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Yahoo Dings “Do Not Track” Default (And Search Partner Microsoft) (allthingsd.com)
22 points by kuida0r3 1608 days ago | hide | past | web | 11 comments | favorite



Could this perhaps have been Microsoft's intention? They've implemented a widely unpopular feature that is bound to be circumvented on a large scale. They basically bastardized the execution of DNT, making it moot while at the same time protecting them from any personal liability. Or am I being cynical?


Could be, but to be fair their implementation is in line with the DNT draft which says that DNT=1 is a valid default for user agents. Maybe the draft writers didn't think through what the consequences would be for DNT support if DNT=1 became the default in any majority of browsers.

The way I see it either the consequences for not respecting DNT need to be greater somehow or the default implementation can't be DNT=1 because third parties will simply ignore it. Without consequences, a default of DNT=1 just weakens the draft and hurts the people who really do want to block everything.


You're absolutely right. MS gets to say "We have the safest browser" and users get nothing but a false sense of security. Google and FF look bad for not implementing this same feature, even though it doesn't protect the user from anything whatsoever.


In order to respect user intent, we must ignore user intent which may be expressed via a recently added user setting, because the setting's default value interferes w/ our profit margin.

Orwellian.


I feel that this is is often blown far out of proportion, everyone sells the whole DNT option as the holy grail of privacy, but the honest truth is that not everyone cares about privacy, in fact, most people don't care about it at all.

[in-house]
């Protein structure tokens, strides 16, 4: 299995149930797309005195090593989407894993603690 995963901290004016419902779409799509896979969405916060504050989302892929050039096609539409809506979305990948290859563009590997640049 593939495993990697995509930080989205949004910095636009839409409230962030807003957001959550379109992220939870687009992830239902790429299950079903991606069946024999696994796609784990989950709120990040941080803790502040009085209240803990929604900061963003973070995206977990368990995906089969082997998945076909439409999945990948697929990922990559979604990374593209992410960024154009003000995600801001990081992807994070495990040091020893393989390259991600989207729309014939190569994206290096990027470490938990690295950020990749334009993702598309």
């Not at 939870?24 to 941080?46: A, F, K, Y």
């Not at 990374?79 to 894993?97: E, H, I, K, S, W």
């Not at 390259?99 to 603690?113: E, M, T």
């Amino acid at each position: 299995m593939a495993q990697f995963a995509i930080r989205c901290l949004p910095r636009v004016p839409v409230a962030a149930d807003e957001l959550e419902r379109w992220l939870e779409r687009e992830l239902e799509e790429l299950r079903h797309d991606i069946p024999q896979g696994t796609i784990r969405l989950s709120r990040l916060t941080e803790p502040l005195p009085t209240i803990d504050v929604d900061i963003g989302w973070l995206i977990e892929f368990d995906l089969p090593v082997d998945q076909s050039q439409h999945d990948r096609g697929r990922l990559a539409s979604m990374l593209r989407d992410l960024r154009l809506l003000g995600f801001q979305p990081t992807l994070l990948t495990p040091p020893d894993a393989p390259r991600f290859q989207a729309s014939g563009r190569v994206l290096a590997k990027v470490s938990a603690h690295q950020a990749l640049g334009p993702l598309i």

Everyone seems to be confusing privacy with "tiny amounts of information" such as age, gender, etc. which most people are perfectly happy entering on basically any site.

It shouldn't be advertised as "Do not track gives you privacy" it should be advertised as "Do not track stops companies from saving personal information about you, such as age, gender and location. Whilst this increases your level of anonymity while you browse, it also lowers the companies ability to provide you with a valuable experience, for instance, it can stop adverts popping up which you may find irrelevant and will allow them to better follow your needs online."


It would be interesting to see a list compiled for the most popular services showing the features they would no longer be able to offer with DNT.


An intelligent response from Yahoo would have been to do exactly that : show a one-time popup to IE10 users that have DNT enabled and explain them what they win/loose.

But ignoring the setting is just plain arrogant.


In fairness, it would probably be much shorter than the features that would need to be removed from Google Analytics.


I didn't catch anything about DNT at all during setup on my Surface (not saying it wasn't there). Just tried to find the setting; it's not exposed on the Metro side at all, it's not in the logical place for it (the "Privacy" tab), rather in the "Advanced" tab and under the Security heading, nearly at the bottom of the list[0]. Microsoft's DNT position has always smelled like a political stunt, burying it like this doesn't do much to disprove that.

[0] https://www.dropbox.com/s/xslbzy04l37wnf7/Screenshot%20%289%...


This would sadden me if Yahoo offered the world anything of value.


Of course this is their response, and I'm sure the response of a lot of other advertisers, too. Microsoft is deciding for the user (the option to disable appears in an obscure place with the installation of Windows 8, which I'm sure most people will miss).

If they were serious about this, they would just block those cookies by default. Otherwise it's pointless, and having Microsoft decide for the user makes the advertiser's decision to ignore it even easier.




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